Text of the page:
King Tut’s Wa Wah Hut served as the setting for Red Jumpsuit Apparatus’ latest Glasgow event. Celebrating their 10th anniversary as a band, Red Jumpsuit chose to bring relatively unknown support acts Rat Attack and Tantrum for Blind to open the show, but it was clear that the crowd were there for the Florida rockers.
Rat Attack attempted to blind the crowd with front man Mike Hodges donning a Bowie reminiscent sparkly gold shirt. In an effort to stir a bit of life into the uninterested crowd said shirt was then removed – a treat for ladies, gay men and tattoo lovers, I can assure you. Hodges attempts to get the crowd moving and “doing craziest dance moves (they) could think of” were said with more than a hint of desperation and in the end his own chaotic bouncing around the stage almost rewarded him a concussion, thanks to the extremely low ceiling.
Swedish, female fronted Tantrum to Blind were shown a bit more affection and Melanie Mohlkert’s impressive vocals were certainly a pleasant surprise. Songs such as Get Get Get, with it’s catchy, repetitive hook got their audience shouting along to the chorus, though they may have earned themselves a few more fans had they left the synchronised headbanging in Scandinavia. Though he may be about 25 feet tall bass player Daniel Lundell was gracious and surprisingly softly spoken, hanging back at the bar after his set to sign autographs and talk to the Glasgow fans. Top marks for fan appreciation.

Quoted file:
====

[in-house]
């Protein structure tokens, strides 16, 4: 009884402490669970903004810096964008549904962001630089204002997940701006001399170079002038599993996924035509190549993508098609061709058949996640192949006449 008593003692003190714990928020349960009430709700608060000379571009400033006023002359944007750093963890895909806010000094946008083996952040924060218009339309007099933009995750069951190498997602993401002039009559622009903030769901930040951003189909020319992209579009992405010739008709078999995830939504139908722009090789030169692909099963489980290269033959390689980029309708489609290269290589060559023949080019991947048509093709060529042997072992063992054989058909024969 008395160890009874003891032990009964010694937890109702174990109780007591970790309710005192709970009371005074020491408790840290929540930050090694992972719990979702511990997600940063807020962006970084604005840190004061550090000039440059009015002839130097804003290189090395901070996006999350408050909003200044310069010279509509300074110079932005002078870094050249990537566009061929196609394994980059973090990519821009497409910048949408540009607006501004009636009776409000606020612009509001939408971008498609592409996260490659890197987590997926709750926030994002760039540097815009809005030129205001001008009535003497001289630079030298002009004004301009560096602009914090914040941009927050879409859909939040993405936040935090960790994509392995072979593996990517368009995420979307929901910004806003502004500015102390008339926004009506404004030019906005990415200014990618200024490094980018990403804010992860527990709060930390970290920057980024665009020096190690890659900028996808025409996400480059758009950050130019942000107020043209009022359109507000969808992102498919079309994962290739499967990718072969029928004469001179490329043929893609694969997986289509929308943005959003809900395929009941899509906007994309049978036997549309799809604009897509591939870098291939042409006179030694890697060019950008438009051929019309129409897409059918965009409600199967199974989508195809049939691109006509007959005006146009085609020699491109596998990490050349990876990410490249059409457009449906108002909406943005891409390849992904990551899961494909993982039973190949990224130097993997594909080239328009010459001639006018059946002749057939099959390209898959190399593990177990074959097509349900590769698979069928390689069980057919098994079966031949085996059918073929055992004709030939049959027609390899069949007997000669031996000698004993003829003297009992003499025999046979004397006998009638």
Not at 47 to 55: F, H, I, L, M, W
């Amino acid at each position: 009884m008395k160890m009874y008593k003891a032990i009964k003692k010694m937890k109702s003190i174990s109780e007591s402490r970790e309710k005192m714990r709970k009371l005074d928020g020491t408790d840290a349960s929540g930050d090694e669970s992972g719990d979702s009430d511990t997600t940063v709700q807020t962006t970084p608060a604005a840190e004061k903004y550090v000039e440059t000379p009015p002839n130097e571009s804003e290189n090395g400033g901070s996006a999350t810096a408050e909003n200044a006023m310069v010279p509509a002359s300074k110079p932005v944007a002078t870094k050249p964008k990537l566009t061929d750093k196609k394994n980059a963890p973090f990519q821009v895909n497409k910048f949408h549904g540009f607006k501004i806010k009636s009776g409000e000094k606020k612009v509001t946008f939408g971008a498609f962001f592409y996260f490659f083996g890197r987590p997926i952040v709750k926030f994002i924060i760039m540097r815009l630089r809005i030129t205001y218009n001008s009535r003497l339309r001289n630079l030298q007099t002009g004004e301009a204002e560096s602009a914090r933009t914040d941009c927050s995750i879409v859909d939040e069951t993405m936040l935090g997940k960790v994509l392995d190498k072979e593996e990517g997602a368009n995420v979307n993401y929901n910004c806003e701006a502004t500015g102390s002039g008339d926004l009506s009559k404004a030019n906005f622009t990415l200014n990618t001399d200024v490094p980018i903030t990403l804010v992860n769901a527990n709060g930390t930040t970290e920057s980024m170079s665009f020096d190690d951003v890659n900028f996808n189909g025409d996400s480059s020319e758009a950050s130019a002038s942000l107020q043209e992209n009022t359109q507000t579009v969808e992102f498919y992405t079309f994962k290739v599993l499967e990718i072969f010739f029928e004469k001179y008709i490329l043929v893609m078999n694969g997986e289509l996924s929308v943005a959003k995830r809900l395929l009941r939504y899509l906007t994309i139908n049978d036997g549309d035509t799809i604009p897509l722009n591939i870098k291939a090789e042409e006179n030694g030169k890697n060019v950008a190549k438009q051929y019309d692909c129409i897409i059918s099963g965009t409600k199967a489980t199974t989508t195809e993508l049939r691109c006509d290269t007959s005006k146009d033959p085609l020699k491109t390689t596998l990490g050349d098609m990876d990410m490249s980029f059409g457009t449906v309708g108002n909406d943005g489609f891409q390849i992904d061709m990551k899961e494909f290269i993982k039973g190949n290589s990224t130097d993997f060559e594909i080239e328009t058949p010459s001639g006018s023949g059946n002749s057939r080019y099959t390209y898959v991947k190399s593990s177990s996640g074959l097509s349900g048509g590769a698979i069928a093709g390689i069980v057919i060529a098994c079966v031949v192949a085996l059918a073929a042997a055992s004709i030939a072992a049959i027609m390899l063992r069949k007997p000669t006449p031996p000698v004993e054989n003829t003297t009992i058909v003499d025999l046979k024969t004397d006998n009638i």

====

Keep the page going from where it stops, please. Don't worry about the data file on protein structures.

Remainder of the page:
But, at 9:20, the real stars arrived – and blew the thatched roof of the legendary Hut!
For the first time all night, King Tut’s made some noise and Glasgow gave the Yankee quartet a true Glasgow welcome. Performing in a venue hardly bigger than someone’s living room, in what is effectively the back room of a pub, RJA treated their audience to an hour of musical delights. Always pitch perfect and forever chilled, the small venue was the perfect location for only surviving original and member Ronnie Winters to deliver a stunning, powerful vocal.
New song Am I The Enemy really got the fans jumping and was a welcome treat for some who may not have heard their new material.
However it was the old favourites Face Down, You Better Pray and Your Guardian Angel that rated highest in the scream stakes. In true reflection of the latters’ lyrics, tears rolled down more than one face. Achieving what Rat Attack failed to, the crowd were not only jumping but dancing. The sporadic dispensing of their new CD into the grappling hands of the crowd was an added bonus, due to the close proximity of the stage to their fans.
Always worth a listen and definitely worth seeing twice, RJA were worth more than their £10 ticket.